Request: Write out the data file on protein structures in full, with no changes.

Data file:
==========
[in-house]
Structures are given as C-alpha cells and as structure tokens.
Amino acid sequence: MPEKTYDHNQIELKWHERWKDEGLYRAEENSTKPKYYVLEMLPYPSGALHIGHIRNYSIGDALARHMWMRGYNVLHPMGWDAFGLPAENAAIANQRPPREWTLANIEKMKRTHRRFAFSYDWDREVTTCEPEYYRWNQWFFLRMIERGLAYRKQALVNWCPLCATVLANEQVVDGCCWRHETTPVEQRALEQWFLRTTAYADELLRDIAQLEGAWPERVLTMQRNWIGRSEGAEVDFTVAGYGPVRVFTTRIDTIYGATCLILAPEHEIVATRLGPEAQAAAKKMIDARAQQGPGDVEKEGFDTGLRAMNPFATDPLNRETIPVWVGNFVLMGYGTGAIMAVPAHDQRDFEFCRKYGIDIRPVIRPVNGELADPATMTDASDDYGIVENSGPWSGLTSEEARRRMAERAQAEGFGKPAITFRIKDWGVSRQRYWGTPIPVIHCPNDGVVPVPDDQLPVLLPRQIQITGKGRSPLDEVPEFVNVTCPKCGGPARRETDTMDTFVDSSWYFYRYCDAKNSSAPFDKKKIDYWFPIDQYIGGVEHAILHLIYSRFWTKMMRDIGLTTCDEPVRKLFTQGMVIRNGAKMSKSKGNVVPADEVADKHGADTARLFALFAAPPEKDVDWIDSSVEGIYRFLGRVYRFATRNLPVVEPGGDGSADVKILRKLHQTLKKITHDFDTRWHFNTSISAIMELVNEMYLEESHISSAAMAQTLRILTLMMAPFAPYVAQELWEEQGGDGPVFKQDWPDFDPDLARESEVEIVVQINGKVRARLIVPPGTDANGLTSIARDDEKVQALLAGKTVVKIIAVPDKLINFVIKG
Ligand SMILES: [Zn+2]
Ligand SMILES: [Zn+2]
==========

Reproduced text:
[in-house]
Structures are given as C-alpha cells and as structure tokens.
Amino acid sequence: MPEKTYDHNQIELKWHERWKDEGLYRAEENSTKPKYYVLEMLPYPSGALHIGHIRNYSIGDALARHMWMRGYNVLHPMGWDAFGLPAENAAIANQRPPREWTLANIEKMKRTHRRFAFSYDWDREVTTCEPEYYRWNQWFFLRMIERGLAYRKQALVNWCPLCATVLANEQVVDGCCWRHETTPVEQRALEQWFLRTTAYADELLRDIAQLEGAWPERVLTMQRNWIGRSEGAEVDFTVAGYGPVRVFTTRIDTIYGATCLILAPEHEIVATRLGPEAQAAAKKMIDARAQQGPGDVEKEGFDTGLRAMNPFATDPLNRETIPVWVGNFVLMGYGTGAIMAVPAHDQRDFEFCRKYGIDIRPVIRPVNGELADPATMTDASDDYGIVENSGPWSGLTSEEARRRMAERAQAEGFGKPAITFRIKDWGVSRQRYWGTPIPVIHCPNDGVVPVPDDQLPVLLPRQIQITGKGRSPLDEVPEFVNVTCPKCGGPARRETDTMDTFVDSSWYFYRYCDAKNSSAPFDKKKIDYWFPIDQYIGGVEHAILHLIYSRFWTKMMRDIGLTTCDEPVRKLFTQGMVIRNGAKMSKSKGNVVPADEVADKHGADTARLFALFAAPPEKDVDWIDSSVEGIYRFLGRVYRFATRNLPVVEPGGDGSADVKILRKLHQTLKKITHDFDTRWHFNTSISAIMELVNEMYLEESHISSAAMAQTLRILTLMMAPFAPYVAQELWEEQGGDGPVFKQDWPDFDPDLARESEVEIVVQINGKVRARLIVPPGTDANGLTSIARDDEKVQALLAGKTVVKIIAVPDKLINFVIKG
Ligand SMILES: [Zn+2]
Ligand SMILES: [Zn+2]